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Guideline Summary
Guideline Title
Nonnutritive sweeteners: current use and health perspectives: a scientific statement from the American Heart Association and the American Diabetes Association.
Bibliographic Source(s)
Gardner C, Wylie-Rosett J, Gidding SS, Steffen LM, Johnson RK, Reader D, Lichtenstein AH, American Heart Association Nutrition Committee of the Council on Nutrition [trunc]. Nonnutritive sweeteners: current use and health perspectives: a scientific statement from the American Heart Association and the American Diabetes Association. Circulation. 2012 Jul 24;126(4):509-19. [58 references] PubMed External Web Site Policy
Guideline Status

This is the current release of the guideline.

Scope

Disease/Condition(s)
  • Cardiovascular disease
  • Cardiometabolic syndrome
  • Coronary heart disease
  • Diabetes mellitus type 2
  • Overweight and obesity
Guideline Category
Counseling
Prevention
Clinical Specialty
Cardiology
Endocrinology
Family Practice
Internal Medicine
Nutrition
Pediatrics
Preventive Medicine
Intended Users
Advanced Practice Nurses
Allied Health Personnel
Dietitians
Health Care Providers
Nurses
Physician Assistants
Physicians
Guideline Objective(s)
  • To address the potential role of nonnutritive sweeteners (NNS) in helping Americans to adhere to population-wide reductions in added sugars intake in the context of current usage and health perspectives
  • To review the literature to determine whether there were adequate data to provide guidance for the use of NNS
Target Population

Adults and children in the United States who desire to reduce added sugars intake for decreased total energy intake and weight loss/weight control or to promote beneficial effects on related metabolic parameters

Interventions and Practices Considered

Counseling on use of nonnutritive sweeteners in beverages and foods as a replacement for caloric sweeteners

Major Outcomes Considered
  • Prevalence of nonnutritive sweetened beverage and food intake among U.S. children and adults
  • Consumer attitudes towards nonnutritive sweeteners (NNS)
  • Effects of NNS on appetite, hunger, and energy intake
  • Effects of NNS on body weight, cardiometabolic variables, and diabetes mellitus/glycemic response

Methodology

Methods Used to Collect/Select the Evidence
Hand-searches of Published Literature (Primary Sources)
Hand-searches of Published Literature (Secondary Sources)
Searches of Electronic Databases
Description of Methods Used to Collect/Select the Evidence

The literature search was conducted by using the following search terms: nonnutritive sweetener(s), artificial sweetener(s), noncaloric sweetener(s), diet (beverages and soft drinks), and the names of each of the 6 nonnutritive sweeteners (NNS) available for use in the United States (including their brand names). The initial search by use of PubMed was limited to original research published after 2000, studies conducted in humans (primarily restricted to controlled trials and prospective cohort studies), and systematic reviews. Additional articles were identified by use of the literature cited in the original publications and review articles, and the Evidence Analysis Library of the American Dietetic Association (http://www.adaevidencelibrary.com/ External Web Site Policy), as well. A Google search was used to identify published marketing research related to consumer views of NNS.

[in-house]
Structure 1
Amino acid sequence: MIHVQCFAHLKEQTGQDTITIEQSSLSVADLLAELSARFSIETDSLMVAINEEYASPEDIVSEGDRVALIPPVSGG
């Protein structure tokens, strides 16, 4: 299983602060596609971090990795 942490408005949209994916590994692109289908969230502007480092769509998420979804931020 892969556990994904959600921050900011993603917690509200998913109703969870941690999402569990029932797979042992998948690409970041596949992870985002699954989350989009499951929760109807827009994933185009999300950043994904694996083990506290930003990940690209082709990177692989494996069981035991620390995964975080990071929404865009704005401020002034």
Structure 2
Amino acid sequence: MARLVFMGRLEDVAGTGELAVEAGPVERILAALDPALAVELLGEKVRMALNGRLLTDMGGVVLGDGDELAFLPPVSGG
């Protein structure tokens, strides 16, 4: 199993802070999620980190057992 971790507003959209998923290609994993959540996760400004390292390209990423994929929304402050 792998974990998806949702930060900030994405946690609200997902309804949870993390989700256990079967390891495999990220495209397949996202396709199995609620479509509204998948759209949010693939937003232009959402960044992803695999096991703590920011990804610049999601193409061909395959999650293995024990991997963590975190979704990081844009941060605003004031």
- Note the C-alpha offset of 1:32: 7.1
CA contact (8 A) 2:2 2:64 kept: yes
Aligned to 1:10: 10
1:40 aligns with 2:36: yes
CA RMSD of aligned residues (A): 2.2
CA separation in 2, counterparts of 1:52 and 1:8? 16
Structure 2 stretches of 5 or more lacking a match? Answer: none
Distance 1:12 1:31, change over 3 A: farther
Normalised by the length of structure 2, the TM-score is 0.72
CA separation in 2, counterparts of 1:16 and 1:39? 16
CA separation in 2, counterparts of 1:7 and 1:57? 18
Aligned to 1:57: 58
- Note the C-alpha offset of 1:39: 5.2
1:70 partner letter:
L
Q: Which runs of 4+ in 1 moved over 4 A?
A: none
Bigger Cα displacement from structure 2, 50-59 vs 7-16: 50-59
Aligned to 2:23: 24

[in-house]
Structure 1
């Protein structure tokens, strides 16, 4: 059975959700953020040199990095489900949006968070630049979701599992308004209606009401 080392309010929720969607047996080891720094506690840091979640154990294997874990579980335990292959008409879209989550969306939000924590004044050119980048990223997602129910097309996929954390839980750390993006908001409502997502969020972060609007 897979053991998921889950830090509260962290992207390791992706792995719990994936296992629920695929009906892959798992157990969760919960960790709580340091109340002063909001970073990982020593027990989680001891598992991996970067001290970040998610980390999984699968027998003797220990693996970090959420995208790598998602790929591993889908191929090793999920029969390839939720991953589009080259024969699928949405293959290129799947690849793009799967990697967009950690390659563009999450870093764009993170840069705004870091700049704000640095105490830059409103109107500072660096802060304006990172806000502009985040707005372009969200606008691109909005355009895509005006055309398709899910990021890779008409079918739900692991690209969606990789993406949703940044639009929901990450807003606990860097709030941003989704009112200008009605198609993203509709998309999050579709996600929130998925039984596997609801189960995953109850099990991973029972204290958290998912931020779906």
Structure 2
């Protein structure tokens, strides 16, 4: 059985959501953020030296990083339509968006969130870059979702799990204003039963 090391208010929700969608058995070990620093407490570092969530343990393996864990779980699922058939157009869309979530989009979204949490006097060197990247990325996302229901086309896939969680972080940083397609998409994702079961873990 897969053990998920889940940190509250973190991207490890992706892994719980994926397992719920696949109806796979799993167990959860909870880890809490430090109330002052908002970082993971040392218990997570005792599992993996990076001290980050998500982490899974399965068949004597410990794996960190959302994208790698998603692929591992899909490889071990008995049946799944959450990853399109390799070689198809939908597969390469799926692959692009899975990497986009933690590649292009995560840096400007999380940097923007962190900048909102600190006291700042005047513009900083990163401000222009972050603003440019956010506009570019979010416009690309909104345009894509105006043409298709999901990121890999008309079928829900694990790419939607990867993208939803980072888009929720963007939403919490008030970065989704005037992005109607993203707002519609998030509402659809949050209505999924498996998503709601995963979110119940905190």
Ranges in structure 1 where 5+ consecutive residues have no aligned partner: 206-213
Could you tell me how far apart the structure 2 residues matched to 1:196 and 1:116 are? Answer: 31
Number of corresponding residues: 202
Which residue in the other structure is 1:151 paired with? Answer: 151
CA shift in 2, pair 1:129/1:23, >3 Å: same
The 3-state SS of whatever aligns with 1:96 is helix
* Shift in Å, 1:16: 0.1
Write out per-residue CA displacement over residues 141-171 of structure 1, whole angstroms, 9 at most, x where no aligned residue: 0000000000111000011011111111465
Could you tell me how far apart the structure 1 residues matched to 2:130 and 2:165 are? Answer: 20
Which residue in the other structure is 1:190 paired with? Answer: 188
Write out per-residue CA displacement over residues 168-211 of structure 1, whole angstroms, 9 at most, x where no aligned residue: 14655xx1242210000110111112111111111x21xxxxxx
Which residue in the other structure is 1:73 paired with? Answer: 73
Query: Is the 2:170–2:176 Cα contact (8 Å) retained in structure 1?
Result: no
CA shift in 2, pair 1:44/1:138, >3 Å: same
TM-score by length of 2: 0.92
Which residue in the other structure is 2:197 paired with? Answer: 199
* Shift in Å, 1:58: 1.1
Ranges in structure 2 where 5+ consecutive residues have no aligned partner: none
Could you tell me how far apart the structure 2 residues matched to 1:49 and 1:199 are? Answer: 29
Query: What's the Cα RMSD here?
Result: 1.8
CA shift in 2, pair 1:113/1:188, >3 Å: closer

The focus of the statement is on the 6 NNS that are described in Table 1 of the original guideline document. Aspartame, acesulfame-K, neotame, saccharin, and sucralose are regulated as food additives by the US Food and Drug Administration and therefore had to be approved as safe before being marketed. Regarding stevia, at this time, the US Food and Drug Administration has not made a determination as to the Generally Recognized As Safe status, but has issued no objection letters for a number of Generally Recognized As Safe notifications for stevia sweeteners (http://www.fda.gov/Food/FoodIngredientsPackaging/GenerallyRecognizedasSafeGRAS/GRASNotificationProgram/default.htm External Web Site Policy). Because all 6 of these NNS have current US Food and Drug Administration approval, issues related to safety of these compounds are not addressed. In addition, the review of the literature is primarily restricted to human studies in which noncaloric sweeteners are used as a replacement for caloric sweeteners.

Number of Source Documents

Not stated

Methods Used to Assess the Quality and Strength of the Evidence
Expert Consensus
Rating Scheme for the Strength of the Evidence

Not applicable

Methods Used to Analyze the Evidence
Review
Review of Published Meta-Analyses
Description of the Methods Used to Analyze the Evidence

Not stated

Methods Used to Formulate the Recommendations
Expert Consensus
Description of Methods Used to Formulate the Recommendations

Not stated

Rating Scheme for the Strength of the Recommendations

Not applicable

Cost Analysis

A formal cost analysis was not performed and published cost analyses were not reviewed.

Method of Guideline Validation
Internal Peer Review
Description of Method of Guideline Validation

This document was approved by the American Heart Association (AHA) Science Advisory and Coordinating Committee on April 18, 2012, and by the American Diabetes Association Executive Committee on April 19, 2012.